The latest Canadian government statistics reveal that more active immigration strategies at a local level may be necessary in order to attract more immigrants to rural areas. Several small cities and towns in central Canada have already created local immigration strategies to attract newcomers. Now, other municipalities across the country are taking note of the positive results.
In 2015, more than three-quarters of new permanent residents to Canada landed in just seven cities: Toronto, Montreal, Vancouver, Calgary, Edmonton, Ottawa, and Winnipeg. The government of Canada is looking to change that, however. Fortunately, the provinces are also on board.
Canada’s Minister of Immigration, John McCallum, has stated that — in addition to the record numbers of new immigrants who have landed over the past year — the government hopes to welcome even more newcomers to Canada. But the government hopes to lure these immigrants to other locations, with Minister McCallum citing labour market shortages and aging populations as reasons to populate certain regions.
“We would like to spread the immigrants across the country relatively evenly. The last thing we want is that every immigrant either goes to Toronto or Vancouver,” said McCallum at a recent roundtable discussion. “There’s a significant feeling that Canada does need more immigrants, partly because we have an aging population, and so we need more young blood to keep our economies going.”
The situation is urgent in Atlantic Canada, where population growth from 2011 to 2014 was close to zero in all provinces except Prince Edward Island. Over the past couple of years, Nova Scotia has reacted by developing a dynamic and growing Provincial Nominee Program (the Nova Scotia Nominee Program). Earlier this year, Canada’s Atlantic provinces announced a new pilot program to facilitate the entry of more immigrants through the PNPs. The plan is part of a new Atlantic Growth Strategy.
Of the larger provinces, in 2015 new immigrants generally settled in urban areas:
- In British Columbia, 88.6% of immigrants settled in Vancouver, Victoria, or Abbotsford-Mission.
- In Alberta, 84.8% of immigrants settled in Calgary, Edmonton, Red Deer, or Lethbridge.
- In Saskatchewan, 67.3% of immigrants settled in Regina or Saskatoon.
- In Manitoba, 83.2% of immigrants settled in Winnipeg.
- In Ontario, 94.2% of immigrants settled in Toronto, Ottawa-Gatineau, Hamilton, Kitchener-Waterloo, London, or Windsor.
- In Quebec, 91.6% of immigrants settled in Montreal, Quebec City, or Trois-Rivières.
Governments (federal and provincial) believe that these settlement patterns drive up property prices, create demographic challenges, and are not as responsive to labour market needs as could be the case.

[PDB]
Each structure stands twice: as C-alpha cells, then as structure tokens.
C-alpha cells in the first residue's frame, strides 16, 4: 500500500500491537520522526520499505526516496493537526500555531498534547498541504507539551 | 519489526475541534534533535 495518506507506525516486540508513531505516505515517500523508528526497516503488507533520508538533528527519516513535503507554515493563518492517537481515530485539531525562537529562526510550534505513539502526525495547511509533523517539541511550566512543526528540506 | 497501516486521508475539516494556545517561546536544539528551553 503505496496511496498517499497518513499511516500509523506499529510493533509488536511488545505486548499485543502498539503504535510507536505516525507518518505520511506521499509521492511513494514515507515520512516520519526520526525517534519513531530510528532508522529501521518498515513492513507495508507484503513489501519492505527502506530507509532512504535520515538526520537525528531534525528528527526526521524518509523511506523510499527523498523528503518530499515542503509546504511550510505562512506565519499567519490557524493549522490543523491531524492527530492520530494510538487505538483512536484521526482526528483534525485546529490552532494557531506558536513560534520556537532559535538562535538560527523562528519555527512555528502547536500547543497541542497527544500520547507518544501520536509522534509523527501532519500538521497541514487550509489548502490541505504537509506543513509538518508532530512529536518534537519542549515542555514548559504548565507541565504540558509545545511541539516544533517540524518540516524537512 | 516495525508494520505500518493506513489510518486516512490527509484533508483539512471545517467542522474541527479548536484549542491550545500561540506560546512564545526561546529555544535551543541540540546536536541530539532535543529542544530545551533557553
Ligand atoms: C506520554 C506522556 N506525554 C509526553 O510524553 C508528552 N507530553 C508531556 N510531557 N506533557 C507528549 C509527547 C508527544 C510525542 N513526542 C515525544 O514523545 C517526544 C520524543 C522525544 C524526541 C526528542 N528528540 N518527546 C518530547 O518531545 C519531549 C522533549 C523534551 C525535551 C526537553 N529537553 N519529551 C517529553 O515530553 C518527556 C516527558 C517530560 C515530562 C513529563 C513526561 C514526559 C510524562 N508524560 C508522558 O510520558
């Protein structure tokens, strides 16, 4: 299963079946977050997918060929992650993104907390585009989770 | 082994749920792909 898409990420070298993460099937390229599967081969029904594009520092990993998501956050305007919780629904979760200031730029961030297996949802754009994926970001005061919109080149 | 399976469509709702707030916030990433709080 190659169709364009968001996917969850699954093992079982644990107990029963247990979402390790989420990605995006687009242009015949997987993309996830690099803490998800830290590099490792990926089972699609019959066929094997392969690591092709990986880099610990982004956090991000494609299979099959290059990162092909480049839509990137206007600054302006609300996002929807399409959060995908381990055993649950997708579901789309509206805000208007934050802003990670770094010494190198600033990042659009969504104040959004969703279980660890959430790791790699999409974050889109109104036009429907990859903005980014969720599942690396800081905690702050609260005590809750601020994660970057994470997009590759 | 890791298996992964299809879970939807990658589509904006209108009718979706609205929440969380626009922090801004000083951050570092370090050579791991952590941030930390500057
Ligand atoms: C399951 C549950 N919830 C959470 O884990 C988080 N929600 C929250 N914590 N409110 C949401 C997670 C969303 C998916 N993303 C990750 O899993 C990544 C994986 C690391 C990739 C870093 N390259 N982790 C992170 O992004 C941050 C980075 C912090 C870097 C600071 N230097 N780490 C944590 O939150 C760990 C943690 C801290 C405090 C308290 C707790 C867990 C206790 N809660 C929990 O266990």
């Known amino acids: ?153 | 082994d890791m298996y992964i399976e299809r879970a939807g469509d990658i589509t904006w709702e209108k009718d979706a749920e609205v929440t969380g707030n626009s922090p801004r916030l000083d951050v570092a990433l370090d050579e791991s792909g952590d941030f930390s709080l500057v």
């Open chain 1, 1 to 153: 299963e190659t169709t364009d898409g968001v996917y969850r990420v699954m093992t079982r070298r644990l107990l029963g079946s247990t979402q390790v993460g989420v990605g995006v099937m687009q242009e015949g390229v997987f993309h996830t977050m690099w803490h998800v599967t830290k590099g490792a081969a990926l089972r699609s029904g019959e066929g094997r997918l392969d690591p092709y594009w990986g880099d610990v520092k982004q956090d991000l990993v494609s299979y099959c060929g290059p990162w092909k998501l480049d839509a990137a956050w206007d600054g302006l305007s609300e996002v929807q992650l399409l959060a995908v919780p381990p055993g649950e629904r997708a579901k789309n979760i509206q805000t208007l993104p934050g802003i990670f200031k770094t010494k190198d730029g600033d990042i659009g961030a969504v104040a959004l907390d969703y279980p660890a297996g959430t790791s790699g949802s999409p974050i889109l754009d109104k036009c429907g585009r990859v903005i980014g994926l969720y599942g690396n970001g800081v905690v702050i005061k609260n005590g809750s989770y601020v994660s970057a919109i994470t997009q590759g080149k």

A case study: Morden, Manitoba
A small city in southern Manitoba, Morden, with a population of just over 9,000, is bucking the national trend in its effort to attract and retain new immigrants. The Morden Community Driven Immigration Initiative (MCDII) has so far been a great success, with immigrants arriving to this Pembina Valley community for two main reasons: quality of life and jobs.
In 2011, Morden’s population was just 7,800. Since then, the population of the area, including the neighbouring city of Winkler, has increased by 3,000, thanks in part to immigration initiatives like the MCDII.
Operating at a local level, the criteria for selecting newcomers are rather different from those used by the federal government. The MCDII favours community connections, and candidates who may not be eligible to apply for the Federal Skilled Worker Class (FSWC), or other federal programs, may be eligible to apply within the scope of the MCDII, which identifies potential candidates under the Manitoba Provincial Nominee Program (MPNP).
Morden targets workers in certain occupations. At the time of writing, these occupations include manufacturing jobs, cabinetmakers, factory sewing machine operators, and heavy vehicle mechanics. For a full list of eligibility requirements, click here.
Examples to follow
“Morden is the canary in the coalmine. Other municipalities across the country are looking at how its immigration drive brings positive results, both for the labour market and the community, and seeing whether similar strategies would work for their own towns and cities. Ultimately, these sorts of initiatives are what is needed, both for the existing communities and new immigrants alike,” says Attorney David Cohen.
“At a provincial level, Nova Scotia is certainly leading the way. It has recognized the challenge of changing demographics and a shifting labour market and has reacted with gusto. It has successfully lobbied for a larger PNP allocation and is now trying to reach out to towns and cities outside Halifax to bring them into the decision-making process.”
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